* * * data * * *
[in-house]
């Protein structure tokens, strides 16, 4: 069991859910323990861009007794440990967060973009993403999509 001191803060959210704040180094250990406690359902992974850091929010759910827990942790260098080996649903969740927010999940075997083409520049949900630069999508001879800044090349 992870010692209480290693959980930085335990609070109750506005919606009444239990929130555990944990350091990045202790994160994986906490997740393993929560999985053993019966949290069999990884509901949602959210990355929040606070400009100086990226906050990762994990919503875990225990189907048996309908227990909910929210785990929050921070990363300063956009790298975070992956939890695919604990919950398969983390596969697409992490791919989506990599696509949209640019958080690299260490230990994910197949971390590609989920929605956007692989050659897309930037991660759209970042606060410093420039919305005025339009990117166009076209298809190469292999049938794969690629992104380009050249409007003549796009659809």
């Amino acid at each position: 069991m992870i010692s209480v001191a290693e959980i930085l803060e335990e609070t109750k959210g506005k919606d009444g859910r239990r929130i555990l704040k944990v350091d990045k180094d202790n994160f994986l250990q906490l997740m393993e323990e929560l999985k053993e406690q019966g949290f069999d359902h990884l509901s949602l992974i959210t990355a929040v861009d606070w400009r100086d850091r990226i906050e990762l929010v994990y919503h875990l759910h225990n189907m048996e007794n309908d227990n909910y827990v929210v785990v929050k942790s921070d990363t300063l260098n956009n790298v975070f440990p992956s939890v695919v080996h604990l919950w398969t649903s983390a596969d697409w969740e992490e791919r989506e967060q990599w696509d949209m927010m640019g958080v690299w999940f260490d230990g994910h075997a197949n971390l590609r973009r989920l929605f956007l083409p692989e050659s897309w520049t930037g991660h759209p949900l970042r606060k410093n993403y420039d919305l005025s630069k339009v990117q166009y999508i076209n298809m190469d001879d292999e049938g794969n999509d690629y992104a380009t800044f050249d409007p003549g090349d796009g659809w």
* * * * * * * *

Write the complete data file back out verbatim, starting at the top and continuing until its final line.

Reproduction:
[in-house]
């Protein structure tokens, strides 16, 4: 069991859910323990861009007794440990967060973009993403999509 001191803060959210704040180094250990406690359902992974850091929010759910827990942790260098080996649903969740927010999940075997083409520049949900630069999508001879800044090349 992870010692209480290693959980930085335990609070109750506005919606009444239990929130555990944990350091990045202790994160994986906490997740393993929560999985053993019966949290069999990884509901949602959210990355929040606070400009100086990226906050990762994990919503875990225990189907048996309908227990909910929210785990929050921070990363300063956009790298975070992956939890695919604990919950398969983390596969697409992490791919989506990599696509949209640019958080690299260490230990994910197949971390590609989920929605956007692989050659897309930037991660759209970042606060410093420039919305005025339009990117166009076209298809190469292999049938794969690629992104380009050249409007003549796009659809």
């Amino acid at each position: 069991m992870i010692s209480v001191a290693e959980i930085l803060e335990e609070t109750k959210g506005k919606d009444g859910r239990r929130i555990l704040k944990v350091d990045k180094d202790n994160f994986l250990q906490l997740m393993e323990e929560l999985k053993e406690q019966g949290f069999d359902h990884l509901s949602l992974i959210t990355a929040v861009d606070w400009r100086d850091r990226i906050e990762l929010v994990y919503h875990l759910h225990n189907m048996e007794n309908d227990n909910y827990v929210v785990v929050k942790s921070d990363t300063l260098n956009n790298v975070f440990p992956s939890v695919v080996h604990l919950w398969t649903s983390a596969d697409w969740e992490e791919r989506e967060q990599w696509d949209m927010m640019g958080v690299w999940f260490d230990g994910h075997a197949n971390l590609r973009r989920l929605f956007l083409p692989e050659s897309w520049t930037g991660h759209p949900l970042r606060k410093n993403y420039d919305l005025s630069k339009v990117q166009y999508i076209n298809m190469d001879d292999e049938g794969n999509d690629y992104a380009t800044f050249d409007p003549g090349d796009g659809w």